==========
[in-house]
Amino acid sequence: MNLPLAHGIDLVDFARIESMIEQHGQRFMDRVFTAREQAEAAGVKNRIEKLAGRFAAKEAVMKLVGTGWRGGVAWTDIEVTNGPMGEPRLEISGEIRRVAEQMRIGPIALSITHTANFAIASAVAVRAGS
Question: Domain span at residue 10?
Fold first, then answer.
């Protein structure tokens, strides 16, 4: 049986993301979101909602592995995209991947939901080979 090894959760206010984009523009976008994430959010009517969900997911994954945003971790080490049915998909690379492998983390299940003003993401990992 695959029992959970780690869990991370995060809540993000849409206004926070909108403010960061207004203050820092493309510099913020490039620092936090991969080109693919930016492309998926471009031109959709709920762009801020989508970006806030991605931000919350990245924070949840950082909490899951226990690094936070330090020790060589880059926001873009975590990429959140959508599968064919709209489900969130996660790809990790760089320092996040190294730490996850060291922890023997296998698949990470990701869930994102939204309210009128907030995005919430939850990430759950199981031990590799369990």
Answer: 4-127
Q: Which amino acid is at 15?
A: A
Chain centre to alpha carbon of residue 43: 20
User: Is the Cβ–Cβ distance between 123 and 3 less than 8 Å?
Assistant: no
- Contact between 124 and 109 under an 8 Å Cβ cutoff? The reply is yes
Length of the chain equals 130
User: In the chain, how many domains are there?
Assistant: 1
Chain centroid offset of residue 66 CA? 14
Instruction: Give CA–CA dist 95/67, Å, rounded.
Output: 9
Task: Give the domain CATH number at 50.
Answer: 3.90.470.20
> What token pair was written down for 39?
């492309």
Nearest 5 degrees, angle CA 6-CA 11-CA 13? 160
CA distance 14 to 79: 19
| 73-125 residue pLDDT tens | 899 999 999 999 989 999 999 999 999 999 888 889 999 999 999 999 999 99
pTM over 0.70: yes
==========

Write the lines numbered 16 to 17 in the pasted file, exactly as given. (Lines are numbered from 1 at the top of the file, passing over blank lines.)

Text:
Chain centroid offset of residue 66 CA? 14
Instruction: Give CA–CA dist 95/67, Å, rounded.